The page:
Guest post by Kruthi Srinivasa, Fortify technical support
More and more enterprises are adopting DevOps as their IT culture to deliver quality software at lower cost with higher speed. In fact, 99% of those surveyed by the Software Security Research (SSR) team at Micro Focus agreed that DevOps is an opportunity to improve application security. Enterprises frequently use different tools and technologies to automate the DevOps process but tend to ignore security aspects.
Even when organizations do consider security, they tend to think about integrating and implementing static code analyzers to catch the security issues early. However, this is not sufficient to find security vulnerabilities associated with end-to-end scenarios and configuration of software post-deployment. It is imperative in the DevOps culture to ensure all the operational processes, including dynamic application security testing (DAST), are incorporated into the DevOps and Continuous Integration and Delivery (CI/CD) pipeline.
Micro Focus Fortify provides the complete application security solution for enterprise software with both static (Static Code Analyzer - SCA) and dynamic (WebInspect) testing. It is a common practice to run Fortify products on standalone environment using GUI (Graphical User Interface). However, higher value can be derived from these products using the Fortify product APIs and seamlessly integrating into the choice of DevOps and CI/CD tools such as Jenkins and implementing enterprise security policies across the entire application portfolio. The benefit of such approach is that security policies can be enforced consistently, repeatedly, across the enterprise with minimal operations error.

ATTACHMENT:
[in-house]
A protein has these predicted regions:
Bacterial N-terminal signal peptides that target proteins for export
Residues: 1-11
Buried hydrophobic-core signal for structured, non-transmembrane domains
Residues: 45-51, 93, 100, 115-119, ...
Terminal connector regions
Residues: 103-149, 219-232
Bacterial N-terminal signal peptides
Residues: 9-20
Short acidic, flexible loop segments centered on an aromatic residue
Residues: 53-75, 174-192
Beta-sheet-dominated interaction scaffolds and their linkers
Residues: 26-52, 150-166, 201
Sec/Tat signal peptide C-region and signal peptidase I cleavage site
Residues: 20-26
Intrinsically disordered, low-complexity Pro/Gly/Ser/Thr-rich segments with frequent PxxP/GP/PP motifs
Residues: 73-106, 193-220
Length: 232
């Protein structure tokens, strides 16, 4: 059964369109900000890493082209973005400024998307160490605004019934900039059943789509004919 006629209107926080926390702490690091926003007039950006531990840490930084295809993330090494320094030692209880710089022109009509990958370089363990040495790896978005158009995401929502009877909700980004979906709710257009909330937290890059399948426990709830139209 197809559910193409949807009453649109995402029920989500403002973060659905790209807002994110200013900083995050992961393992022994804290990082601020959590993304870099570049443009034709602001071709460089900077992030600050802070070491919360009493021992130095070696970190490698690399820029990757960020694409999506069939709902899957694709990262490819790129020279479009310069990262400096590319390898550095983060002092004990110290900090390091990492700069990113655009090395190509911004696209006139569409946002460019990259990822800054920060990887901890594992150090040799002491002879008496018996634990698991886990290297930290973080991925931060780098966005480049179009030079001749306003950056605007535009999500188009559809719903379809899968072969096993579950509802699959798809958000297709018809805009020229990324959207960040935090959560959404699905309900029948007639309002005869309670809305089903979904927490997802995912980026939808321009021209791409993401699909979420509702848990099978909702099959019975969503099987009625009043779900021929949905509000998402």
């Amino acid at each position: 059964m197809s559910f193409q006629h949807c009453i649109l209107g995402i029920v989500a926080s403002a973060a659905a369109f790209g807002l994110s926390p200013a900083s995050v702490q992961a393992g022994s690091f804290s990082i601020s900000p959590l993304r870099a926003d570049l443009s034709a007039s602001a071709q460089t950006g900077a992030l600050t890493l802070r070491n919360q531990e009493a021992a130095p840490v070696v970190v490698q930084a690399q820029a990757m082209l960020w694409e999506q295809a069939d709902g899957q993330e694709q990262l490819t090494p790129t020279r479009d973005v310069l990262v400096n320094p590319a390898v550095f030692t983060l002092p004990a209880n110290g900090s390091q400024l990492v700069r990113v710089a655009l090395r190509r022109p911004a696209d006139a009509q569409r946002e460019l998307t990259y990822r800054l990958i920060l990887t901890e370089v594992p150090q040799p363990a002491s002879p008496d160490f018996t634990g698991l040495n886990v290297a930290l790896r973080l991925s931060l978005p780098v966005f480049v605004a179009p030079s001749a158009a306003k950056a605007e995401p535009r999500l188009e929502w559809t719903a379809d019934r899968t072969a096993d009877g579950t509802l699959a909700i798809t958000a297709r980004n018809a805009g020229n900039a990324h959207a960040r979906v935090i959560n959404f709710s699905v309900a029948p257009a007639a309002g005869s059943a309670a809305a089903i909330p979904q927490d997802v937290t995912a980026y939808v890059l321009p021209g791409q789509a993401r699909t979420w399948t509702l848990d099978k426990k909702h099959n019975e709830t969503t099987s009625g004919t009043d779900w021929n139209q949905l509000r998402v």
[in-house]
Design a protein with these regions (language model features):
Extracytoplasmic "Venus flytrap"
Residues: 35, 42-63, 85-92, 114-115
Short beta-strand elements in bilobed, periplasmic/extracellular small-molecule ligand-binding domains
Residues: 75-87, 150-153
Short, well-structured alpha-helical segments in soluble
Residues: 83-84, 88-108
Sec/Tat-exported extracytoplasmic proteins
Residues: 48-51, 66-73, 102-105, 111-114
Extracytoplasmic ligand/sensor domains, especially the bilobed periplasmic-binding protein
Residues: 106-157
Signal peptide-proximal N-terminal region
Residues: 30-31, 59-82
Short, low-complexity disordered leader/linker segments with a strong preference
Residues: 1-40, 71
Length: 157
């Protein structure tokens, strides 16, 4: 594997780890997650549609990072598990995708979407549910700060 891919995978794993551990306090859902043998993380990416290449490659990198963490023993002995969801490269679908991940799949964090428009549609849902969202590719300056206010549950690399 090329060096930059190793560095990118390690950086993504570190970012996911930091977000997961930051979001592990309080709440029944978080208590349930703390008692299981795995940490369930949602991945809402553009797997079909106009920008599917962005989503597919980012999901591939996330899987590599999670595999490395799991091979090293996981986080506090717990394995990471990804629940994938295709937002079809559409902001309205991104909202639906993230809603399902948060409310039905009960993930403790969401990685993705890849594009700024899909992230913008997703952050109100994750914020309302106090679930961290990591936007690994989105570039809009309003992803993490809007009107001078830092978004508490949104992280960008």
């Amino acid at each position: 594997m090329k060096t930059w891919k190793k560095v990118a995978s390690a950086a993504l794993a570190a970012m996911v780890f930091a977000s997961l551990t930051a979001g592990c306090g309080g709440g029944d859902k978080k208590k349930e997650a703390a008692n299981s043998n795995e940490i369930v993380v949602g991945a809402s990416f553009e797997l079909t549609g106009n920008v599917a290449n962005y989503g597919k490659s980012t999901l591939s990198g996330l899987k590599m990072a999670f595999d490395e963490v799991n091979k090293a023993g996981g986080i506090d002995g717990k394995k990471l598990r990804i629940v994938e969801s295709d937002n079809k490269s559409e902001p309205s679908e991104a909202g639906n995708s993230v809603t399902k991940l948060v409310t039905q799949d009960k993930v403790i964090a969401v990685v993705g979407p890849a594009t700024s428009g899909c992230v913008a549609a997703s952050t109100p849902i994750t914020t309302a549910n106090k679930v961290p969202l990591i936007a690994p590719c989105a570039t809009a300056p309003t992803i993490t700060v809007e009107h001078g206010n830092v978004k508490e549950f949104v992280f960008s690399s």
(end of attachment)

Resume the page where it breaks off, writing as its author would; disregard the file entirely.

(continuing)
A typical way this works is as follows: As part of the CI/CD workflows, the tools can be configured to run static code analyzers followed by application deployment steps and then execute Selenium scripts as part of QA testing. Funneling all the traffic from Selenium through a WebInspect proxy triggered by a Python script or using open source tools like WebBreaker save them into workflow macros. Later, leveraging the Swagger API definitions, creates WebInspect scans using those macro files and capturing the data in a repository such as Fortify Software Security Center. Vulnerabilities/findings can then be extracted and sent as tickets to issue tracking systems like JIRA or Bugzilla. As a part of the next build enhancements, developers can address the tickets generated by WebInspect scan or operations, fix the configuration issues, and make this part of continuous software development, deployment and operations process automatically.
Check out WebInspect Automation for more information. You’ll see more about Custodela’s App in-a-box approach, Target’s WebBreaker, a Maven Plugin, and automation for QA and cloud.
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